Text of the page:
When the Perseverance rover lands on Mars on Thursday, another NASA spacecraft already there will be listening to the blow that will occur when the newcomer arrives.

The hope is that these blows will produce enough tremors to be detected by InSight, a stationary NASA probe that arrived in 2018 to use an extremely sensitive seismometer to look for marsquakes. The InSight lander is located more than 2,000 miles east of where Perseverance is scheduled to land.

“We have a reasonable chance of seeing it,” said Benjamin Fernando, a PhD student at Oxford University in England and a member of the InSight science team.

Unless something goes catastrophically wrong, the seismic signals InSight may hear will not come from the rover itself. Endurance must be brought to the surface by a hovering crane that gently tumbles to the ground slower than 2 miles per hour.

Rather, the scientists will search InSight’s seismic data for evidence of the effects of two 170-pound blocks of tungsten metal that helped keep Endurance in a stable, balanced spin during its 300-million-mile journey from Earth . At an altitude of 900 miles above Mars, they will be dumped as trash, and with no parachutes or retrorockets to slow them down, they will then slam against the surface at a speed of 9,000 miles per hour

“That tremendous speed means they’re forming a pretty big crater,” Fernando said. In 2012, similar tungsten blocks from the Curiosity Rover, which has almost the same design as Perseverance, left scars from orbit.

If the blocks hit at a shallow 10 degree angle, the impact will be to the east, which should create a splash of seismic energy towards the InSight, which increases the likelihood that the vibrations will be detected.

Detecting the impact waves is not just a technical feat. The data could help shed light on the structure of the Martian crust.

The main purpose of the seismometer on InSight is to record marsquakes, and the spacecraft has recorded more than 400 such tremors to date. Scientists also expected InSight to detect tremors from space rocks that occasionally crash into Mars.

So far, however, the number of recorded meteorite impacts is zero. At least there is no wobbling motion that the scientists could safely conclude that it was caused by such collisions. The lack of obvious signals suggests that the crust of Mars is more similar to that of Earth’s moon than that of Earth.

Seismic waves travel further through solid rock than a pile of loose material like sand. On Earth, the constant swirling of plate tectonics creates new solid rocks on the surface. There are no more lava eruptions on the moon, and for billions of years the bombardment of meteors has broken the old lunar crust into tiny pieces. The result is a loose topcoat that explains why the astronauts left so many boot prints on their visits.

“Mars is probably somewhere between the moon and the earth,” said Fernando.

However, with Perseverance, the exact time and location of the landing will be known, and hence InSight scientists know where to look in the seismic data and get a tiny signal that is usually overlooked.

This is similar to the way scientists were able to calibrate the seismometers decades ago that NASA’s Apollo astronauts left on the moon when rocket pieces and lunar landers hit the moon.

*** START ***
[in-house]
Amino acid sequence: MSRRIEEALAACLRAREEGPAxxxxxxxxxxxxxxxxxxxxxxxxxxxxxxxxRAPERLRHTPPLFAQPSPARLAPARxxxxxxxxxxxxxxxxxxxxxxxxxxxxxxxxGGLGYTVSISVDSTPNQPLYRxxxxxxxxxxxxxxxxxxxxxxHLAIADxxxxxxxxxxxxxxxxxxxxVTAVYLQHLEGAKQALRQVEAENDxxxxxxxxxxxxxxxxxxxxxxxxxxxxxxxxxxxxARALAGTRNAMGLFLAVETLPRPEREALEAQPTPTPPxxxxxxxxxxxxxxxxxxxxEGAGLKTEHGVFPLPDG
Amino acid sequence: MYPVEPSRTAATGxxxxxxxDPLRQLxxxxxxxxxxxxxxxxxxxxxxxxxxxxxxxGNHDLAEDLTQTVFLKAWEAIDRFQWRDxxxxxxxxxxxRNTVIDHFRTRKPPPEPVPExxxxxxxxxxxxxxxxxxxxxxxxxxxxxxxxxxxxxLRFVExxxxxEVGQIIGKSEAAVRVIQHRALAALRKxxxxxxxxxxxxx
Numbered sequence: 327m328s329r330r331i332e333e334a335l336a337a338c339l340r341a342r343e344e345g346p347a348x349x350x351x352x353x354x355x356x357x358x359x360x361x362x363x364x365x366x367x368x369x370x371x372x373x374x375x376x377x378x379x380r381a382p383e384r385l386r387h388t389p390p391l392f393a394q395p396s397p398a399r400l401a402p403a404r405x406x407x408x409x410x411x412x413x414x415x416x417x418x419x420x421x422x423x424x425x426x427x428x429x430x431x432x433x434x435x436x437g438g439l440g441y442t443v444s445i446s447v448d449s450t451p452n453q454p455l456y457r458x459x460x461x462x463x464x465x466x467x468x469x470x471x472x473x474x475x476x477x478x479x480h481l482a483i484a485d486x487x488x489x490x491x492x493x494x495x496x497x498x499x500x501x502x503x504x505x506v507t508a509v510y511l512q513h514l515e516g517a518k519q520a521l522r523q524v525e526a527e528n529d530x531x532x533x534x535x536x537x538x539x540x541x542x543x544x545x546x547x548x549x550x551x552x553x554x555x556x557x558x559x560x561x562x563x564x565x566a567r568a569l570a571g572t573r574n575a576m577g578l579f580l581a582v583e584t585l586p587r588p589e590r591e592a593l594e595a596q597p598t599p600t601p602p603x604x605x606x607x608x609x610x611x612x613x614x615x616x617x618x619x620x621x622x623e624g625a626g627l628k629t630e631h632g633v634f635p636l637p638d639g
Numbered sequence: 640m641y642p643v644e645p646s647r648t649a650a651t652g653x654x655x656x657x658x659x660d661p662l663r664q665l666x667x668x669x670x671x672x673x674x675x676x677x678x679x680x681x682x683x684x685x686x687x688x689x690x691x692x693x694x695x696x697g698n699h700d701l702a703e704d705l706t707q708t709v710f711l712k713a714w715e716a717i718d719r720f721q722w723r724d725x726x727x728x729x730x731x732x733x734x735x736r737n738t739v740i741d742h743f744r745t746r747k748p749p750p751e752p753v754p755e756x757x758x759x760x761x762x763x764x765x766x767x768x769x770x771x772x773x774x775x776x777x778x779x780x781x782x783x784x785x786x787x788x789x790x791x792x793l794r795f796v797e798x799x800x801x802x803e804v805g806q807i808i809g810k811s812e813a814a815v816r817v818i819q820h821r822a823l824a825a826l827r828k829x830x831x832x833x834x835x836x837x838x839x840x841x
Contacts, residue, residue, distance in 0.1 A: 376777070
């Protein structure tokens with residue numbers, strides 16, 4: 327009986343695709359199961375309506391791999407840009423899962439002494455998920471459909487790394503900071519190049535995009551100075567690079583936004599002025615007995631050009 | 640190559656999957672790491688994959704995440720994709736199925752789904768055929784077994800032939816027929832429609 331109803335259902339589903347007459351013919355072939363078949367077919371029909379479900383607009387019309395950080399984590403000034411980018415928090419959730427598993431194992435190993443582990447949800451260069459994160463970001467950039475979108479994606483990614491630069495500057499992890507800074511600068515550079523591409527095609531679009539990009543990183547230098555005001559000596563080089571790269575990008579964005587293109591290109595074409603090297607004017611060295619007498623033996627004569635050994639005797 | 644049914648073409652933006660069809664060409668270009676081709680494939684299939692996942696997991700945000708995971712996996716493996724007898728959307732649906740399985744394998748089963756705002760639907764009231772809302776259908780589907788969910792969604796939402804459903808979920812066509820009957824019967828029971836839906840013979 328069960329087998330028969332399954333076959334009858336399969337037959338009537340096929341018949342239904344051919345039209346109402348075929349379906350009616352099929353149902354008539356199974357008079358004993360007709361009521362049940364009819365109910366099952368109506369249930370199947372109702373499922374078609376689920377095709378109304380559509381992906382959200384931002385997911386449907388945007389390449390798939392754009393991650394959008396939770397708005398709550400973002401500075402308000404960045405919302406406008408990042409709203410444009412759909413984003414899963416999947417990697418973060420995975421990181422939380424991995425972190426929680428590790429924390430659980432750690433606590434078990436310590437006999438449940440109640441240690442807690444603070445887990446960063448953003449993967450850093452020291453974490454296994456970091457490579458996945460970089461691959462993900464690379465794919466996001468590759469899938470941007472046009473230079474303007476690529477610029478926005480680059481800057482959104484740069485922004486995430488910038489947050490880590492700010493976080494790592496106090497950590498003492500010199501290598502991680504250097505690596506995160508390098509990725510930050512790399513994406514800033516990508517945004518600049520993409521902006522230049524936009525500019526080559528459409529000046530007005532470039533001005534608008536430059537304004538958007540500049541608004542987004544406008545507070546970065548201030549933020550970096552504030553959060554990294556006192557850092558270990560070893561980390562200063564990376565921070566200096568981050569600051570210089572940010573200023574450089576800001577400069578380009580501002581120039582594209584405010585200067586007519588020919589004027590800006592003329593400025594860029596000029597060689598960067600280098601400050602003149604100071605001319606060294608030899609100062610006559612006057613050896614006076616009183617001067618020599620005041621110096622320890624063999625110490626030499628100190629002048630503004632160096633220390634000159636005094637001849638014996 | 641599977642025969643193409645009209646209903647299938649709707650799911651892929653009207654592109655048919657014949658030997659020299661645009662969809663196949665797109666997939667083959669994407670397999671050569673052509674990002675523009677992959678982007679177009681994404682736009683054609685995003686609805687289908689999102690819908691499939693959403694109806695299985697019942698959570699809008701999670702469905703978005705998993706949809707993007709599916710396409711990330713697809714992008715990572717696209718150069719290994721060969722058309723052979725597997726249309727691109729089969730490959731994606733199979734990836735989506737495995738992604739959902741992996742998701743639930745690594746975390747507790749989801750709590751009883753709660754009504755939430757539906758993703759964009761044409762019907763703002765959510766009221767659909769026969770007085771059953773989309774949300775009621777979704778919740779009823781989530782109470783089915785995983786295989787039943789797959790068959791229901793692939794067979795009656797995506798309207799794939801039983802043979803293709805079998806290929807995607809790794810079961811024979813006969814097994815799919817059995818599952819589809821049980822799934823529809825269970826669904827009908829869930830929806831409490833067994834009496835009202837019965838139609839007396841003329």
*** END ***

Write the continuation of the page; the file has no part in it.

With that knowledge, they could then sift through previous data and look for similar patterns that could be meteorite impacts.

Fernando and the other InSight scientists also took into account other signals that the seismometer might pick up. Perhaps air pressure waves from the sonic boom of incoming persistence would be enough. Or the sonic boom would rock the ground and create a wave that would travel to InSight.

But their calculations showed that these rumblings were too small to be recognizable.

They also considered looking for larger parts of the spacecraft, like the heat shield, which is also hitting the ground. However, these are thrown off at lower altitudes and do not move as quickly, creating small seismic waves.

The weather could be another complication. If the winds on Mars are too strong on Thursday, they could sniff InSight’s seismometer and make noise that could also obscure the signal of Perseverance’s arrival.

What lies below the surface of Mars remains largely a mystery. In fact, the innards of the planet thwarted InSight’s other primary goal of deploying a thermal probe, nicknamed the Mole, that hammered its way into the Martian soil about 16 feet. But the probe kept jumping up.

The sand around the mole exhibited an unexpected clumping property that prevented sufficient friction for the device to move more than 14 inches below the surface.

In January, NASA announced that it would give up the mole. Even so, the InSight mission was extended to December 2022 to collect more seismic data.

Now InSight has to survive the Martian winter. The dust-covered solar collectors only generate 27 percent as much electricity as they did when they were new and clean. None of the hundreds of dust devils – essentially tiny whirlwinds of tornadoes – in the neighborhood have come close enough to blow the dust away. So the mission’s managers are figuring out how to run the spaceship with less energy, including turning off some scientific instruments. That should be enough to keep it from freezing to death. Such was the fate of NASA’s Opportunity Rover in 2018 after being enveloped in a global dust storm.